Research Article: Peptidases Compartmentalized to the Ascaris suum Intestinal Lumen and Apical Intestinal Membrane

Date Published: January 8, 2015

Publisher: Public Library of Science

Author(s): Douglas P. Jasmer, Bruce A. Rosa, Makedonka Mitreva, John Pius Dalton. http://doi.org/10.1371/journal.pntd.0003375

Abstract: The nematode intestine is a tissue of interest for developing new methods of therapy and control of parasitic nematodes. However, biological details of intestinal cell functions remain obscure, as do the proteins and molecular functions located on the apical intestinal membrane (AIM), and within the intestinal lumen (IL) of nematodes. Accordingly, methods were developed to gain a comprehensive identification of peptidases that function in the intestinal tract of adult female Ascaris suum. Peptidase activity was detected in multiple fractions of the A. suum intestine under pH conditions ranging from 5.0 to 8.0. Peptidase class inhibitors were used to characterize these activities. The fractions included whole lysates, membrane enriched fractions, and physiological- and 4 molar urea-perfusates of the intestinal lumen. Concanavalin A (ConA) was confirmed to bind to the AIM, and intestinal proteins affinity isolated on ConA-beads were compared to proteins from membrane and perfusate fractions by mass spectrometry. Twenty-nine predicted peptidases were identified including aspartic, cysteine, and serine peptidases, and an unexpectedly high number (16) of metallopeptidases. Many of these proteins co-localized to multiple fractions, providing independent support for localization to specific intestinal compartments, including the IL and AIM. This unique perfusion model produced the most comprehensive view of likely digestive peptidases that function in these intestinal compartments of A. suum, or any nematode. This model offers a means to directly determine functions of these proteins in the A. suum intestine and, more generally, deduce the wide array functions that exist in these cellular compartments of the nematode intestine.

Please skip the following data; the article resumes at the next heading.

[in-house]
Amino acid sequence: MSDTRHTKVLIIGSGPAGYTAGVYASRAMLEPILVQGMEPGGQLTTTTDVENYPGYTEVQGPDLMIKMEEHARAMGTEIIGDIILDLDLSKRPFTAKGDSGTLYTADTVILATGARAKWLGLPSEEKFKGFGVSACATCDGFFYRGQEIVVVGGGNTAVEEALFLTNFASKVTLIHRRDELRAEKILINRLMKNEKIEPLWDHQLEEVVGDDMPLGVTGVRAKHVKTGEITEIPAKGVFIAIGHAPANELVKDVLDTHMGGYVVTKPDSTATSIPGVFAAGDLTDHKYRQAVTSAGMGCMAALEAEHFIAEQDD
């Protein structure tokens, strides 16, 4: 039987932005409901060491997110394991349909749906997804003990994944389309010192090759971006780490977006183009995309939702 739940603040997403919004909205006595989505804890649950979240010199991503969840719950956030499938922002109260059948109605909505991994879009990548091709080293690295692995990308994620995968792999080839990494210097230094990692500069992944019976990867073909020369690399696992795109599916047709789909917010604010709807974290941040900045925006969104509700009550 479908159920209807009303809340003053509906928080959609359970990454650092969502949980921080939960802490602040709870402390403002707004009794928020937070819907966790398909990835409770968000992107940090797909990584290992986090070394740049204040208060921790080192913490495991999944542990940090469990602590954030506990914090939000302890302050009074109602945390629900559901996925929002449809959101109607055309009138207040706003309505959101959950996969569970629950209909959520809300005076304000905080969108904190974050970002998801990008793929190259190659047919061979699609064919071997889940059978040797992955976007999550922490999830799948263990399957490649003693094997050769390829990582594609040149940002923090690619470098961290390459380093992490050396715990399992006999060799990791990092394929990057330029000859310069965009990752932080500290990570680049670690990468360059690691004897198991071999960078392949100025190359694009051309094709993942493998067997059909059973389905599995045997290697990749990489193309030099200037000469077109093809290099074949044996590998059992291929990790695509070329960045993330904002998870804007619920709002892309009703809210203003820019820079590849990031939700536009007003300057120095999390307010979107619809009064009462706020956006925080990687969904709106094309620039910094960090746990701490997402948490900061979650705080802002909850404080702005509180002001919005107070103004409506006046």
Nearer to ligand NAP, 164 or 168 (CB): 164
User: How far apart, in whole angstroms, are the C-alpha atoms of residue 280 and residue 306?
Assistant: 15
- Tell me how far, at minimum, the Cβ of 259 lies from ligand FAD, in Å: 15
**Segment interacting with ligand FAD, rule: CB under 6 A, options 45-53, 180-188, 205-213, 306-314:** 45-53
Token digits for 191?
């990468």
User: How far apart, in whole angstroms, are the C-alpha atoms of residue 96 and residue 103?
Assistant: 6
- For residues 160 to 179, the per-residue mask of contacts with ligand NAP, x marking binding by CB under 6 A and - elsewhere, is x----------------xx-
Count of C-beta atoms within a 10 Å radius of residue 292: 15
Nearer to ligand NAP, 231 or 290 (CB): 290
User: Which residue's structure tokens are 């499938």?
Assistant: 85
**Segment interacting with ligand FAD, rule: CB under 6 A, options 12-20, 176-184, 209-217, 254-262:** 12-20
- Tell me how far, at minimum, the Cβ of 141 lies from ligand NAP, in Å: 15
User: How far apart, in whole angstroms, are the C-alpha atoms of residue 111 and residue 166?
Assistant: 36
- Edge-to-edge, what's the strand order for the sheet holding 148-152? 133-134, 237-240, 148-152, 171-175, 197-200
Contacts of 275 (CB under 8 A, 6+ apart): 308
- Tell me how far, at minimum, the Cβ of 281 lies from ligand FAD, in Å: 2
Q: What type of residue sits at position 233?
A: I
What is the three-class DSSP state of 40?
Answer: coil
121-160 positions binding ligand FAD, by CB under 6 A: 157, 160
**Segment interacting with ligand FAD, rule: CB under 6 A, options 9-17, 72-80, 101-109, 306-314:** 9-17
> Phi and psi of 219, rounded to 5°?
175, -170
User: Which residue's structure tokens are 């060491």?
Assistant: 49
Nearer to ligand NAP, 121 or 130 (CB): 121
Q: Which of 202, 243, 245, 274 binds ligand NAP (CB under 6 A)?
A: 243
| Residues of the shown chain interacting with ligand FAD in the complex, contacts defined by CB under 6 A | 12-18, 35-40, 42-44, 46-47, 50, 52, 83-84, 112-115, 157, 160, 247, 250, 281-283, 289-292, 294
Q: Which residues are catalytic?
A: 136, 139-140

Partial Text: Parasitic nematodes cause major diseases of humans, directly affecting more than two billion people on a global scale [1]. Diseases they cause in food animal species also pose significant constraints to agricultural production and thus, indirectly impact human health in regions of the world where nutritional resources are limited. Acquisition of resistance to contemporary anthelmintics by many species of parasitic nematodes is on the rise [2], [3]. Hence, the need for research to identify new targets for therapies to treat and control infections by these pathogens has never been greater. The nematode intestine is one tissue of importance in this context.

Additional details are provided in Supporting Information (S1 Text).

Parasitic nematodes present numerous challenges for conducting research on individual worm tissues, and even more so on individual cells. Such is the case for biological questions pertaining to the intestine and intestinal cells of these pathogens. Here we describe progress towards comprehensive identification of proteins that function in the IL and/or on the AIM of adult female A. suum, which is one of a relatively few parasitic nematodes with sufficient size to support the progress reported by using relatively straightforward perfusion methods. Knowledge of H. contortus AIM peptidases gained from past research guided efforts to identify A. suum homologs (likely orthologs or paralogs) that were detected in ConA binding fractions and intestinal perfusates. Collective observations reported here indicated that most of the predicted aspartic, metallo and serine carboxy peptidases identified in Table 1, are indeed A. suum glycoproteins that function in the IL and/or on the AIM. Moreover, testing of this hypothesis led to identification of a greatly expanded set of apparent peptidases that function in these compartments, while also identifying many proteins with other functions that are likely sited in these compartments.

Source:

http://doi.org/10.1371/journal.pntd.0003375

 

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